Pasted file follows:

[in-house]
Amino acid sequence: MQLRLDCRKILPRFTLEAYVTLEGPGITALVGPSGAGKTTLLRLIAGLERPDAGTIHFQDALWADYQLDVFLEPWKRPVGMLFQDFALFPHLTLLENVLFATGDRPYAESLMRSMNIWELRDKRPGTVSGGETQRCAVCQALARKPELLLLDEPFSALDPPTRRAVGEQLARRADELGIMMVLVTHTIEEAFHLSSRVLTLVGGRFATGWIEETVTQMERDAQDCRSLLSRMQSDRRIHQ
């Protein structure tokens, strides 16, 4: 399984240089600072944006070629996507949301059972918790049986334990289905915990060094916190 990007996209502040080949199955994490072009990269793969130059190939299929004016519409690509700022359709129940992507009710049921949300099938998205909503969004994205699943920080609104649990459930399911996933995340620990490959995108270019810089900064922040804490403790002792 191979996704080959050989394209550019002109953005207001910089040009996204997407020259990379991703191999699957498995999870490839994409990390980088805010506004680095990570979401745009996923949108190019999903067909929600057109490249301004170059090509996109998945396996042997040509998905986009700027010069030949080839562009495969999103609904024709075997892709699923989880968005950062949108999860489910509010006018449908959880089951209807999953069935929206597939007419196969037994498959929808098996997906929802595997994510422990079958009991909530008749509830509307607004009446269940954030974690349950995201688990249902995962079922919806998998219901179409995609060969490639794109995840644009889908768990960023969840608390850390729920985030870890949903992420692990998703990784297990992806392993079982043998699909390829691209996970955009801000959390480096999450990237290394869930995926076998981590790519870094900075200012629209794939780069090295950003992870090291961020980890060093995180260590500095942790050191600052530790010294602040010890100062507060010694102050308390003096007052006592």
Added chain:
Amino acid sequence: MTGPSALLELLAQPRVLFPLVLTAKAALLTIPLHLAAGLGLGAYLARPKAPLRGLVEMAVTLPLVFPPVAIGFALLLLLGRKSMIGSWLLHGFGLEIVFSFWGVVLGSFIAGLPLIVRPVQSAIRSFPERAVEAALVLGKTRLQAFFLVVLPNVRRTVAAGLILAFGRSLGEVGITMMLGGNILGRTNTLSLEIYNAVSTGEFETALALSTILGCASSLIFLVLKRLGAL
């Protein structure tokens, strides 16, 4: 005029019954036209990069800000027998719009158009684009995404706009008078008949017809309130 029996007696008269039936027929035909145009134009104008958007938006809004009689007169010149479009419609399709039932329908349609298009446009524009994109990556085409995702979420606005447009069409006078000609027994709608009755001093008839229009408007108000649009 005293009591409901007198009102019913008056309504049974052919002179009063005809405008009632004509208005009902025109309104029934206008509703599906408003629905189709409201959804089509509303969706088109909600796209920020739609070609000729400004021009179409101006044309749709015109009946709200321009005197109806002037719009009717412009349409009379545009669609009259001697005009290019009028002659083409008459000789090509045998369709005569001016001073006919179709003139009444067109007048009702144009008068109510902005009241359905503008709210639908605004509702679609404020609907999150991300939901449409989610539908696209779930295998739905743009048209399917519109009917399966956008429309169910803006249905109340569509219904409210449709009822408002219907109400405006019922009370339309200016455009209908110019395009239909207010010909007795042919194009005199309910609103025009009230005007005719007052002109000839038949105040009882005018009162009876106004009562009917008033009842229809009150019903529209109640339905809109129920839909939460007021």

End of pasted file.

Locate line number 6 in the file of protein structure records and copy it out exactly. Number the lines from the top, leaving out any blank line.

């Protein structure tokens, strides 16, 4: 005029019954036209990069800000027998719009158009684009995404706009008078008949017809309130 029996007696008269039936027929035909145009134009104008958007938006809004009689007169010149479009419609399709039932329908349609298009446009524009994109990556085409995702979420606005447009069409006078000609027994709608009755001093008839229009408007108000649009 005293009591409901007198009102019913008056309504049974052919002179009063005809405008009632004509208005009902025109309104029934206008509703599906408003629905189709409201959804089509509303969706088109909600796209920020739609070609000729400004021009179409101006044309749709015109009946709200321009005197109806002037719009009717412009349409009379545009669609009259001697005009290019009028002659083409008459000789090509045998369709005569001016001073006919179709003139009444067109007048009702144009008068109510902005009241359905503008709210639908605004509702679609404020609907999150991300939901449409989610539908696209779930295998739905743009048209399917519109009917399966956008429309169910803006249905109340569509219904409210449709009822408002219907109400405006019922009370339309200016455009209908110019395009239909207010010909007795042919194009005199309910609103025009009230005007005719007052002109000839038949105040009882005018009162009876106004009562009917008033009842229809009150019903529209109640339905809109129920839909939460007021």